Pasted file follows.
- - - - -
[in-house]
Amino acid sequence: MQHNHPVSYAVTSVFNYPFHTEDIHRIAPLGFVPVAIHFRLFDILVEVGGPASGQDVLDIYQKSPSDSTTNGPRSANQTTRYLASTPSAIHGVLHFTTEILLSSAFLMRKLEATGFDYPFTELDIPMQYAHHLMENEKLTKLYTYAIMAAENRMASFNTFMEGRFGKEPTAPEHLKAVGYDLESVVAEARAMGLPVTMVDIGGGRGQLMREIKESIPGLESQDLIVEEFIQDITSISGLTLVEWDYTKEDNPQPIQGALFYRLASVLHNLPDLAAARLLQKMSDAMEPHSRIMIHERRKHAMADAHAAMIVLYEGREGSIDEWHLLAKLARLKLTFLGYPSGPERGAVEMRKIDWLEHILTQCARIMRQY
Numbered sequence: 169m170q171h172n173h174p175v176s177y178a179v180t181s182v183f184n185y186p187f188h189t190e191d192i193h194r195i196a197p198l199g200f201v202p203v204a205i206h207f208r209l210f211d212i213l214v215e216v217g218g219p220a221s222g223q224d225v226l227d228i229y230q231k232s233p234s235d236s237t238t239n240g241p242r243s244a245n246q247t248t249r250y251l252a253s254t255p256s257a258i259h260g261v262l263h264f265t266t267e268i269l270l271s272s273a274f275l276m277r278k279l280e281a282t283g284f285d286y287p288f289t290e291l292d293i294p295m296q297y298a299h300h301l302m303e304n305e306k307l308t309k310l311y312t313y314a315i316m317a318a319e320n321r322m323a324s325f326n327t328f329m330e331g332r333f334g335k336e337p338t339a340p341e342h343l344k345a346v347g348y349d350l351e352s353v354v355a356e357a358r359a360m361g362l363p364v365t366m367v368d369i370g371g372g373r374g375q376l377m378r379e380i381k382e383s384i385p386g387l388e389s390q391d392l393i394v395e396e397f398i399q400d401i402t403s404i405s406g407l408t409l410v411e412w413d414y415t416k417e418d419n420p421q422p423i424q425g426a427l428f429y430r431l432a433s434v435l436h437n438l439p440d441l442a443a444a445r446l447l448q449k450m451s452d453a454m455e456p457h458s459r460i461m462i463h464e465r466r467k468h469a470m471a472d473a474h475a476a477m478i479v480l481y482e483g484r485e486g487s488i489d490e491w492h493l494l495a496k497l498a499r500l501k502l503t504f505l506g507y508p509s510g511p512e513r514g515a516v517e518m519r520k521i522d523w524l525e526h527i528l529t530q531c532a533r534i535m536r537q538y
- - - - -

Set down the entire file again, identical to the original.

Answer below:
[in-house]
Amino acid sequence: MQHNHPVSYAVTSVFNYPFHTEDIHRIAPLGFVPVAIHFRLFDILVEVGGPASGQDVLDIYQKSPSDSTTNGPRSANQTTRYLASTPSAIHGVLHFTTEILLSSAFLMRKLEATGFDYPFTELDIPMQYAHHLMENEKLTKLYTYAIMAAENRMASFNTFMEGRFGKEPTAPEHLKAVGYDLESVVAEARAMGLPVTMVDIGGGRGQLMREIKESIPGLESQDLIVEEFIQDITSISGLTLVEWDYTKEDNPQPIQGALFYRLASVLHNLPDLAAARLLQKMSDAMEPHSRIMIHERRKHAMADAHAAMIVLYEGREGSIDEWHLLAKLARLKLTFLGYPSGPERGAVEMRKIDWLEHILTQCARIMRQY
Numbered sequence: 169m170q171h172n173h174p175v176s177y178a179v180t181s182v183f184n185y186p187f188h189t190e191d192i193h194r195i196a197p198l199g200f201v202p203v204a205i206h207f208r209l210f211d212i213l214v215e216v217g218g219p220a221s222g223q224d225v226l227d228i229y230q231k232s233p234s235d236s237t238t239n240g241p242r243s244a245n246q247t248t249r250y251l252a253s254t255p256s257a258i259h260g261v262l263h264f265t266t267e268i269l270l271s272s273a274f275l276m277r278k279l280e281a282t283g284f285d286y287p288f289t290e291l292d293i294p295m296q297y298a299h300h301l302m303e304n305e306k307l308t309k310l311y312t313y314a315i316m317a318a319e320n321r322m323a324s325f326n327t328f329m330e331g332r333f334g335k336e337p338t339a340p341e342h343l344k345a346v347g348y349d350l351e352s353v354v355a356e357a358r359a360m361g362l363p364v365t366m367v368d369i370g371g372g373r374g375q376l377m378r379e380i381k382e383s384i385p386g387l388e389s390q391d392l393i394v395e396e397f398i399q400d401i402t403s404i405s406g407l408t409l410v411e412w413d414y415t416k417e418d419n420p421q422p423i424q425g426a427l428f429y430r431l432a433s434v435l436h437n438l439p440d441l442a443a444a445r446l447l448q449k450m451s452d453a454m455e456p457h458s459r460i461m462i463h464e465r466r467k468h469a470m471a472d473a474h475a476a477m478i479v480l481y482e483g484r485e486g487s488i489d490e491w492h493l494l495a496k497l498a499r500l501k502l503t504f505l506g507y508p509s510g511p512e513r514g515a516v517e518m519r520k521i522d523w524l525e526h527i528l529t530q531c532a533r534i535m536r537q538y